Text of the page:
Memories of my latest journey down to Andalusia still linger in my mind now I’m back to Barcelona. The pleasant and sweet scent of orange blossoms, the bright green rolling hills landscape, where even a lonely white cottage becomes a monument, those pretty white washed villages perched spectacularly atop a crag or the western atmosphere sheltered in the spectacular badlands-like Tabernas desert, one of the wildest and driest parts of Europe.
In my latest trip down to Andalusia I have been traveling extensively for a week from Malaga to the dramatic cliffs of the Cabo de Gata promontory passing through those lovely pueblos blancos Andalusia is famous for and a dramatic desert landscape where Sergio Leone’s spaghetti western movies were filmed in the 1960s. Spring is a great period to travel in the Spain’s south. Blooming trees, green field landscapes and a not yet fierce sun. Andalusia is still home somehow to the stereotyped essence of Spain: easy going and relaxed people, fiesta-loving land, bullfighters and flamenco performances, afternoon siesta under a fierce sun-dappled land. Though this simplistic portrait of Spain’s deep south might sound outdated and somehow romantic, it carries some truth by the way. Both growing modernisation and tourist invasion haven’t been able to root out the authentic spirited and passionate atmosphere coming from that historical mix of different faiths and cultures, Christianity and Islam, this land has been home for centuries. This curious mix still survives in everything you see in Andalusia nowadays: food, language, architecture, people. Everything here seems to be related to what once was historically a mobile frontier between Christianity and Islam. What Andalusia has inherited since then is still a precious treasure made of values and roots.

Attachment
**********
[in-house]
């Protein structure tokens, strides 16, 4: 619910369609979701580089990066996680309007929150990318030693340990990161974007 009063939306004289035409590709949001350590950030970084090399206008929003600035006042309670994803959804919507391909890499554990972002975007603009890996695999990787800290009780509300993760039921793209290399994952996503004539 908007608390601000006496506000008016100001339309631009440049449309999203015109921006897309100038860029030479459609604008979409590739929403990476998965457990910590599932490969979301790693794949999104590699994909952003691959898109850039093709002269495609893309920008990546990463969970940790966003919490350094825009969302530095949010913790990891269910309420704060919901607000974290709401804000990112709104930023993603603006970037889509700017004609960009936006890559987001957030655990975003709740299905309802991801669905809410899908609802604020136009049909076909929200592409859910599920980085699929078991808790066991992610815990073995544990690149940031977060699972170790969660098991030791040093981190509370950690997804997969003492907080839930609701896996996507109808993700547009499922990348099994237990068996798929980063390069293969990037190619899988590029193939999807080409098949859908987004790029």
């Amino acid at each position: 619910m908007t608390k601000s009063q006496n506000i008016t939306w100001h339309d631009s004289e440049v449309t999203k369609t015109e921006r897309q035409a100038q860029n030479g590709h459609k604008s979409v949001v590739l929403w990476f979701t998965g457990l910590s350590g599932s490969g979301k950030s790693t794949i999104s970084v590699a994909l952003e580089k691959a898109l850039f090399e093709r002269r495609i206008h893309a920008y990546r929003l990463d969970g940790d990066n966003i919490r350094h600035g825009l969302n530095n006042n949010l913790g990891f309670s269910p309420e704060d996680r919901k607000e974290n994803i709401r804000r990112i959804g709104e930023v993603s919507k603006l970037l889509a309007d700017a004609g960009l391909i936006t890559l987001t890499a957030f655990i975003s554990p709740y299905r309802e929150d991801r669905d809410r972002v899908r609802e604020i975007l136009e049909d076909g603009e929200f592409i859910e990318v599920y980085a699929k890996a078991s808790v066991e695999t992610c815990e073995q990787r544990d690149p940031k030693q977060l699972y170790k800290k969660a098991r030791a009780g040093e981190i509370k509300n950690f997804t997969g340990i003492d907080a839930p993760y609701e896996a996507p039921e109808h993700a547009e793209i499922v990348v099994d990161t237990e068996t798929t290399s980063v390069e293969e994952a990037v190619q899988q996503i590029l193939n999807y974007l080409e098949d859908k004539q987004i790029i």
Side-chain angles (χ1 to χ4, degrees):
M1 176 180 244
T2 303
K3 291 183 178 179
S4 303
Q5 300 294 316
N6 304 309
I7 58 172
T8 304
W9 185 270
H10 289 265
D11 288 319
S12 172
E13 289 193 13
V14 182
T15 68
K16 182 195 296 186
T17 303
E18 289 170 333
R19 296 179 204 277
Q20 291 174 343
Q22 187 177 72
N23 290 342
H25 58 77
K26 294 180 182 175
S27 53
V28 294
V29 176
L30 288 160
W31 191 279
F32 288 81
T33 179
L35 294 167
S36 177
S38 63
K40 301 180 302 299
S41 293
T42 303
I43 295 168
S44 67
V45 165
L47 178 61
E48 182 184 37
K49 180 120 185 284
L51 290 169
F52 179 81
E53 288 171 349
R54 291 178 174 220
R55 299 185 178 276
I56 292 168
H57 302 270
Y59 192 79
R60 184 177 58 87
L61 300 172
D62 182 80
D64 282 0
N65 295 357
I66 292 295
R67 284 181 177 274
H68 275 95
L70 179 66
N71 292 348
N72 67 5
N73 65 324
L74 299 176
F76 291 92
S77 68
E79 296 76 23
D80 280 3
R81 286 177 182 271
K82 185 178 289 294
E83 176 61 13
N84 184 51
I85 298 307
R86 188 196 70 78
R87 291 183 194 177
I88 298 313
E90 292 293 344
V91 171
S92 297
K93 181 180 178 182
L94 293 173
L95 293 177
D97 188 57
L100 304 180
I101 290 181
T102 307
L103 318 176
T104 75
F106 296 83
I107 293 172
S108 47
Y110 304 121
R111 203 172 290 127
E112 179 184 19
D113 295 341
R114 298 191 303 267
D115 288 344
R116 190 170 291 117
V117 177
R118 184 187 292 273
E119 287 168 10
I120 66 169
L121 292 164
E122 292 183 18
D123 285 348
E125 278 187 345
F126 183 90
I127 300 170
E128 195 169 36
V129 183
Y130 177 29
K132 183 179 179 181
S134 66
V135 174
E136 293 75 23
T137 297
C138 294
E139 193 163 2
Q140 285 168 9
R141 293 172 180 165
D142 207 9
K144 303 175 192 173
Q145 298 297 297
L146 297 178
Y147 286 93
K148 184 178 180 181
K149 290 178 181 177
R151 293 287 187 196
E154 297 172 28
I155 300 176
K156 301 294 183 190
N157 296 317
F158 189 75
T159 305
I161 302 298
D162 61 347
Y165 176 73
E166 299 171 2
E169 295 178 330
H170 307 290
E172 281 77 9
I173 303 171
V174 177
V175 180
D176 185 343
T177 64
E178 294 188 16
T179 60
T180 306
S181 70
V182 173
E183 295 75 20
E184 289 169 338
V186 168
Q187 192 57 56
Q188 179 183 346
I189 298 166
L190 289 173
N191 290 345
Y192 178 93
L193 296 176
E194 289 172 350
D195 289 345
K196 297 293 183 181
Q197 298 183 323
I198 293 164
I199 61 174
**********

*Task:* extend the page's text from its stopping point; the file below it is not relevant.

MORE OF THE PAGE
That’s why I love Andalusia. A gentle land where the beauty of nature seems to elegantly join what man created and built.
Enjoy this my Andalusia photo gallery.